This article does not cite any sources. (April 2012) (Learn how and when to remove this template message)
|Part of the Politics series on|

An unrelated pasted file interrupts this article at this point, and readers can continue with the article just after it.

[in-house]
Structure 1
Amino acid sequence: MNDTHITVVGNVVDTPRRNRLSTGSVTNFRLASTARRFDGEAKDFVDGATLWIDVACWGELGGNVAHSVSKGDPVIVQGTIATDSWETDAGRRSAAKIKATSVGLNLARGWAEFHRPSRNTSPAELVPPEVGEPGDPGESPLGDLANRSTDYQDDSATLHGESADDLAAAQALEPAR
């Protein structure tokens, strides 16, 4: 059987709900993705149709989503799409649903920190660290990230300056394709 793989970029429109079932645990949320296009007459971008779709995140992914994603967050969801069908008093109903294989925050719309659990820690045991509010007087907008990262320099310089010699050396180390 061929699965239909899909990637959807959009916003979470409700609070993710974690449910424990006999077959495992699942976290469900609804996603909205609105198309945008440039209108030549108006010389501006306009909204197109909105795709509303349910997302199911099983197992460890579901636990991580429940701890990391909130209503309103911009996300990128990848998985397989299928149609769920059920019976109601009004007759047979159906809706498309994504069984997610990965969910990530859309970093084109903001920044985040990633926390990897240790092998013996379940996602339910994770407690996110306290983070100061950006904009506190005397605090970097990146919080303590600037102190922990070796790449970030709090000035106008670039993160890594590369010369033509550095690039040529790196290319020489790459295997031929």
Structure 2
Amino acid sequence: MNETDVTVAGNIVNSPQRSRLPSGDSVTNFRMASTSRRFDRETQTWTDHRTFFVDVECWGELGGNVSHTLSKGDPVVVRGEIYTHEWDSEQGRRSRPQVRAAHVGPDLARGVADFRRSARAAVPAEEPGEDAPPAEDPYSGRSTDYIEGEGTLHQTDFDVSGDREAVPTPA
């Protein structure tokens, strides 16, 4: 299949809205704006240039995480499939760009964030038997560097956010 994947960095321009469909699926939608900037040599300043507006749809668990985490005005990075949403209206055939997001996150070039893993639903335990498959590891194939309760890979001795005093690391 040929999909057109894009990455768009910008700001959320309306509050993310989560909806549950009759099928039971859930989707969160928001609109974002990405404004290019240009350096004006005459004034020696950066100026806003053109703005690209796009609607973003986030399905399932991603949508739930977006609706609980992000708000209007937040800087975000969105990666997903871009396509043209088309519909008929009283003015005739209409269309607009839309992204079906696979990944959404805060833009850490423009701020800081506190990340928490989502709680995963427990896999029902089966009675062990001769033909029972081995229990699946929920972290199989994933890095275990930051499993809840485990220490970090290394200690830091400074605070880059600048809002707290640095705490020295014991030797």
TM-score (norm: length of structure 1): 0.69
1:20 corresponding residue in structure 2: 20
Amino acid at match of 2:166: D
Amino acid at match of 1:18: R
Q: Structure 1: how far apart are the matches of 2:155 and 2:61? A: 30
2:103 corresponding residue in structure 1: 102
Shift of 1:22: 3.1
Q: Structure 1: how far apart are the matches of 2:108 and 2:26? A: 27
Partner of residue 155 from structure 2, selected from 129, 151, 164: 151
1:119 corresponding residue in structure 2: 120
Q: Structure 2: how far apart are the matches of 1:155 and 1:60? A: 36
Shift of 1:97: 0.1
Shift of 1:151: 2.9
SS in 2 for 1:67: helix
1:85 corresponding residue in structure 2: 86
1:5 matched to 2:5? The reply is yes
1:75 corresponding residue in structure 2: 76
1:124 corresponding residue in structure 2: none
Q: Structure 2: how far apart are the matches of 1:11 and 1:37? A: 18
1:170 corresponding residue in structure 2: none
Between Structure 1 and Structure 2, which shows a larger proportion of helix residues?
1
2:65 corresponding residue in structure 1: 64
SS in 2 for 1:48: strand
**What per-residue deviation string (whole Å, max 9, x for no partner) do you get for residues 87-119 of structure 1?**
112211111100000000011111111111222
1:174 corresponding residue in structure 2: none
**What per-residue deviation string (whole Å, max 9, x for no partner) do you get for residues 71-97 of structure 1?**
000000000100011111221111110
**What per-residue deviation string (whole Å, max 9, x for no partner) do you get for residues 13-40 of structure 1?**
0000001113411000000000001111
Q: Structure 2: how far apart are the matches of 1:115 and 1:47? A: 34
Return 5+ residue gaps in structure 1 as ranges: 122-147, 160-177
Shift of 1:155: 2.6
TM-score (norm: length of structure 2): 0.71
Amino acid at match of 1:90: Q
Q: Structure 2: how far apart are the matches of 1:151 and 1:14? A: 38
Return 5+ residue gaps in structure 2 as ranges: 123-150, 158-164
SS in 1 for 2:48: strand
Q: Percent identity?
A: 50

In his early years in Budapest, Attila Kotányi belonged to the intellectual circle of philosopher Lajos Szabó (with whom he maintained a philosophical conversation for 20 years) and Béla Hamvas. In 1956, after the failed Hungarian revolution, he emigrated with his family to Brussels where he continued studying and eventually graduated in urbanism. In the early 1960s he became a member of the Situationist International where for the two following years worked in the editors' committee of the S.I. bulletin and entered in close friendship with Guy Debord. His contributions to the bulletin include Gangland and Philosophy (1961), Programme élémentaire du bureau d'urbanisme unitaire (1961) co-authored with Raoul Vaneigem and Theses on the Paris Commune co-authored with Guy Debord and Raoul Vaneigem (1962). He was excommunicated by Debord in 1962 for his alleged "Christian mysticism". Later he moved to Düsseldorf, Germany, where he taught for 12 years at the Düsseldorf Art Academy. Beyond poetry and philosophical conversations he also painted and did smaller architectural works. In the 1990s he returned to Budapest where he pursued the last active period of his life, gathering a steady circle of young intellectuals in his Saturday afternoon conversations where he was elaborating on his Sabbath-theory, the radical suspension of activity. He died in Düsseldorf due to complications of a stroke.